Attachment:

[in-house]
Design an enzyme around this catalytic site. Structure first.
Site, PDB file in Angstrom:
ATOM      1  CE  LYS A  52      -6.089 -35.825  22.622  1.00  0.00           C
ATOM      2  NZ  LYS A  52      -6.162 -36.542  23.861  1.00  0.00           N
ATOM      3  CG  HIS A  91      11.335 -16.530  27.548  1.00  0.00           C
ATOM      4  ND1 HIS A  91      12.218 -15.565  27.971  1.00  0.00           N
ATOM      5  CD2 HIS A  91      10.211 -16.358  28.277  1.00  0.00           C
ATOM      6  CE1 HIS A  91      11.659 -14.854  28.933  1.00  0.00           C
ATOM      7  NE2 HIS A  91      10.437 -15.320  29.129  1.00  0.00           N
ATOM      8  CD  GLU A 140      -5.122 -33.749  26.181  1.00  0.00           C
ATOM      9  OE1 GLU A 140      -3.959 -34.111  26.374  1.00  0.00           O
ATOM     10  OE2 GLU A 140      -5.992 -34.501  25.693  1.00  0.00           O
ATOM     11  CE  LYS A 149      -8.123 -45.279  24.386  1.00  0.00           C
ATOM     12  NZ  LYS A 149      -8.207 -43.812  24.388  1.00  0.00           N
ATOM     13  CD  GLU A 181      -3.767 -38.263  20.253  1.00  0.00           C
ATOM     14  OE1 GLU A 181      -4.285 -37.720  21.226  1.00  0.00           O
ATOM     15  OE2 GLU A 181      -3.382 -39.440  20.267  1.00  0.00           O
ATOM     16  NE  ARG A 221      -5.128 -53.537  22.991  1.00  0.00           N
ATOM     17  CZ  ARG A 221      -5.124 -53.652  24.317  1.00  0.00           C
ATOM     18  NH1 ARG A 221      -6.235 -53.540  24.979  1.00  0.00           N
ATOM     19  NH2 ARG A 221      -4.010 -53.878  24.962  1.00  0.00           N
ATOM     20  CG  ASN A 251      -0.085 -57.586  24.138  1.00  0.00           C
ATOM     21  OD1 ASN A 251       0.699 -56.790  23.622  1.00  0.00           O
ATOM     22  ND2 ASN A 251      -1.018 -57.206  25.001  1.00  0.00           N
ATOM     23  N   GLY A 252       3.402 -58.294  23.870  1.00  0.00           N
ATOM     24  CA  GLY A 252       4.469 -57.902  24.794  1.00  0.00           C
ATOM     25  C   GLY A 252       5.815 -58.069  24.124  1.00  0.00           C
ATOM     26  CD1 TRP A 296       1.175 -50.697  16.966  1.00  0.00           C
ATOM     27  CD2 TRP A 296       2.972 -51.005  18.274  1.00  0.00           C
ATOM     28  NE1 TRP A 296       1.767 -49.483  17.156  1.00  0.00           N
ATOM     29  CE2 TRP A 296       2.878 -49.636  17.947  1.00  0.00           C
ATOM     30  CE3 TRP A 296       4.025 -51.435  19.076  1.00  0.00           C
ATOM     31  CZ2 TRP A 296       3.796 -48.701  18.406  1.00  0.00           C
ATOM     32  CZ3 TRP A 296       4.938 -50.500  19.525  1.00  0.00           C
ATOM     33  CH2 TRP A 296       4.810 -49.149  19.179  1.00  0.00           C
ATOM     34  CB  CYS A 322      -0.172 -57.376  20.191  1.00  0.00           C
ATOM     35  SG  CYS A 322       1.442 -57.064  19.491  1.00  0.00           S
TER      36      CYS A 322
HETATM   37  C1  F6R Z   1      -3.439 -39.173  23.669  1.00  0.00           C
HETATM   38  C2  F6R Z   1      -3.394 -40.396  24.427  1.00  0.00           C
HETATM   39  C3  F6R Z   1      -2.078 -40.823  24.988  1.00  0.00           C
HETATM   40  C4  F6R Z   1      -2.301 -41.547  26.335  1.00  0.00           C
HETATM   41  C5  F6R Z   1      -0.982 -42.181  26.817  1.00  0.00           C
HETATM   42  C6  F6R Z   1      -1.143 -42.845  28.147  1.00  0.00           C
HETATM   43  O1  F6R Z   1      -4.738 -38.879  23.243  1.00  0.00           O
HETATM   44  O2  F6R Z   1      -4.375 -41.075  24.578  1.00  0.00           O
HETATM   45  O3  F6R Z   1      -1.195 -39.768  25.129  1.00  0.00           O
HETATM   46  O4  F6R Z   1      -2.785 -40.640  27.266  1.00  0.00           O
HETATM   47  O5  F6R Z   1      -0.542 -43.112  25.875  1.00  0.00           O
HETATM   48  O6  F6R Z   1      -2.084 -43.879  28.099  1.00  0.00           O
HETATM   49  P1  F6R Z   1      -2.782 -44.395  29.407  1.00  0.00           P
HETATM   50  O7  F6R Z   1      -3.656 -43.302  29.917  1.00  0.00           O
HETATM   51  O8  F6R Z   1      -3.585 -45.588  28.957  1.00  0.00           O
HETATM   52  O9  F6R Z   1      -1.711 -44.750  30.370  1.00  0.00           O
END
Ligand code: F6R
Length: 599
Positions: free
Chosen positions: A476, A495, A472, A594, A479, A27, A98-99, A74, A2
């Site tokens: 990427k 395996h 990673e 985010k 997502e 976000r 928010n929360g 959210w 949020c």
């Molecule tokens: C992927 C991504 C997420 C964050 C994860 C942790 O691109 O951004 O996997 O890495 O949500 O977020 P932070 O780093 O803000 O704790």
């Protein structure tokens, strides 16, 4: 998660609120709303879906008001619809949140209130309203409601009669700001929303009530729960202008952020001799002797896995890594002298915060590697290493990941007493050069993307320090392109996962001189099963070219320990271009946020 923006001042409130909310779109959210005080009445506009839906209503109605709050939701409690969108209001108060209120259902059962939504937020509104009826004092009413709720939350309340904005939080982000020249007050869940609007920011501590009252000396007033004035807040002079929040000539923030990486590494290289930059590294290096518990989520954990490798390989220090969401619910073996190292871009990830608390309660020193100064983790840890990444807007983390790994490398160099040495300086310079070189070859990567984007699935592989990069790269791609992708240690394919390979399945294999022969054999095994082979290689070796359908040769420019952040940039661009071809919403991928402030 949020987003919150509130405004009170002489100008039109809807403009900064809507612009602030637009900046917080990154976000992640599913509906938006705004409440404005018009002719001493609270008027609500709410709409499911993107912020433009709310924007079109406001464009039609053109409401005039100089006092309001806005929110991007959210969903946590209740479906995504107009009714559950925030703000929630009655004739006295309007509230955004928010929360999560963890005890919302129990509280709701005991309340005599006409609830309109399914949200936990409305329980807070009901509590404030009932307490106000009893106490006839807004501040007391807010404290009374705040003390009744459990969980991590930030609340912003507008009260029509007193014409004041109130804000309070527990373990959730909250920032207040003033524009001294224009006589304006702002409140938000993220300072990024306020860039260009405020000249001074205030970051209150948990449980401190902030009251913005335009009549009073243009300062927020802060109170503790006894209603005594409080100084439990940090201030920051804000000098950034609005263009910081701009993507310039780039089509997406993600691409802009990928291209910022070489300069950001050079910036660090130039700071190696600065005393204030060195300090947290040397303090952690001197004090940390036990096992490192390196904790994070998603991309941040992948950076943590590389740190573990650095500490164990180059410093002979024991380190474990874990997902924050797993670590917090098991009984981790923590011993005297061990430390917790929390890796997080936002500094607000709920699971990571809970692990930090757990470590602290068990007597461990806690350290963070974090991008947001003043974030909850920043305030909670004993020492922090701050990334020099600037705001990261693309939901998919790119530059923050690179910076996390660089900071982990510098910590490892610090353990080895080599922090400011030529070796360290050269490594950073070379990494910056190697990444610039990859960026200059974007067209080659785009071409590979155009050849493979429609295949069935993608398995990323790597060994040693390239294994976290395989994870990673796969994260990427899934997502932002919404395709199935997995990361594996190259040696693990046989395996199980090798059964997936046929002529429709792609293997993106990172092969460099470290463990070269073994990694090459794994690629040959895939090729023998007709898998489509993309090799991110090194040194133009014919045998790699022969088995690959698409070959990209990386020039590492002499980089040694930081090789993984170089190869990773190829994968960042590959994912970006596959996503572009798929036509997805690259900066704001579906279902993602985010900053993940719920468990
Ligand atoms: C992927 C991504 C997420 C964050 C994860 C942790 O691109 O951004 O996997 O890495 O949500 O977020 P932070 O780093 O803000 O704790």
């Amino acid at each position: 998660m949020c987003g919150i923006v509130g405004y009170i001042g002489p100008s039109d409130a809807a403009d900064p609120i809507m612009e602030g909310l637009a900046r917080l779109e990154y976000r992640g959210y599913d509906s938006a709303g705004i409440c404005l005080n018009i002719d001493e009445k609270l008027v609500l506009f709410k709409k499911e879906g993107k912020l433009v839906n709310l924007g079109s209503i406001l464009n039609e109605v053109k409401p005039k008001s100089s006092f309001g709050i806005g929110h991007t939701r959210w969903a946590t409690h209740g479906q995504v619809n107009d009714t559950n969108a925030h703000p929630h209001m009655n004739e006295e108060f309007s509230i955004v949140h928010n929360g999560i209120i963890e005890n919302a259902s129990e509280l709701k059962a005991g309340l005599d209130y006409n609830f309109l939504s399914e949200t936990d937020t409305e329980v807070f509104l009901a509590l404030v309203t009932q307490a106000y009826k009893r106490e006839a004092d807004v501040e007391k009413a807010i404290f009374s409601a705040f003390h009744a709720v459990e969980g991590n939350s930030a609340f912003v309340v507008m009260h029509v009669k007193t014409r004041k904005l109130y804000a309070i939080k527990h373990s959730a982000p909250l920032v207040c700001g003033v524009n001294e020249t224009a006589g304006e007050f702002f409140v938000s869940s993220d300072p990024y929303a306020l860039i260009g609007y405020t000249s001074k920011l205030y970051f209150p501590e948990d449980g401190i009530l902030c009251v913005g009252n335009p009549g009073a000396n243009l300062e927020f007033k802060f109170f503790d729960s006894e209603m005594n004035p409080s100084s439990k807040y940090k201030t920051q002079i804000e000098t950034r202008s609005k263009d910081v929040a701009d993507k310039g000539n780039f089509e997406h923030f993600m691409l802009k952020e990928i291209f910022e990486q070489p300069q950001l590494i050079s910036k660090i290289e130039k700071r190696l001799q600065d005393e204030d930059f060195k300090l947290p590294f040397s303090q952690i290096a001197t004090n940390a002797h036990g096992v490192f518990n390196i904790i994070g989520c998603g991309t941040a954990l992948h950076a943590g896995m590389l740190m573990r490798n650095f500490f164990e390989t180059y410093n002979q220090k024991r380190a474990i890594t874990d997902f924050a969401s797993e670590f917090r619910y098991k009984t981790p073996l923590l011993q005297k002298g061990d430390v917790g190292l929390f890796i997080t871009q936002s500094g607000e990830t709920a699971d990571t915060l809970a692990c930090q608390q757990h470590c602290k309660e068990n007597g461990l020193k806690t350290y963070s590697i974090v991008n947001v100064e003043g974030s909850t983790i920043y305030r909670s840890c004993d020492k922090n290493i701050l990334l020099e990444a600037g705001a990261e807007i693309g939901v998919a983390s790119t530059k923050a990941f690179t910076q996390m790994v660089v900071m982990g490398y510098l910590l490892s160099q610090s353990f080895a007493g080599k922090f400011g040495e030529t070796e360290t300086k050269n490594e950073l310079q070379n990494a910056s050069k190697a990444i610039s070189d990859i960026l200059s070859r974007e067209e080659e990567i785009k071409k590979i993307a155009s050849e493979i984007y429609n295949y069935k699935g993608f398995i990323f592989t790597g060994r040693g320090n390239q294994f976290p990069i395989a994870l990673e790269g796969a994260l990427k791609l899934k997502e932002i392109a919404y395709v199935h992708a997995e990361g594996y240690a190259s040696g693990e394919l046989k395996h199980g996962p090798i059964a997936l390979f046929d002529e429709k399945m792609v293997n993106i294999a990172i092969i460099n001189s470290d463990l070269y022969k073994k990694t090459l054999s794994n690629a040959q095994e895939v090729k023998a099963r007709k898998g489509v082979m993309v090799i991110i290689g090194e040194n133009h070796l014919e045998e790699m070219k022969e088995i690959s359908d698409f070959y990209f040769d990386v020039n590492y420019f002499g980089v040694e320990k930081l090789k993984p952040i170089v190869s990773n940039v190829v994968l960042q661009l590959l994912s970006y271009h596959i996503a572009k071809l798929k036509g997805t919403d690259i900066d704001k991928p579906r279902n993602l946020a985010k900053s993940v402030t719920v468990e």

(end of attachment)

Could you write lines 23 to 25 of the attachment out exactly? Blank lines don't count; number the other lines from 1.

ATOM     20  CG  ASN A 251      -0.085 -57.586  24.138  1.00  0.00           C
ATOM     21  OD1 ASN A 251       0.699 -56.790  23.622  1.00  0.00           O
ATOM     22  ND2 ASN A 251      -1.018 -57.206  25.001  1.00  0.00           N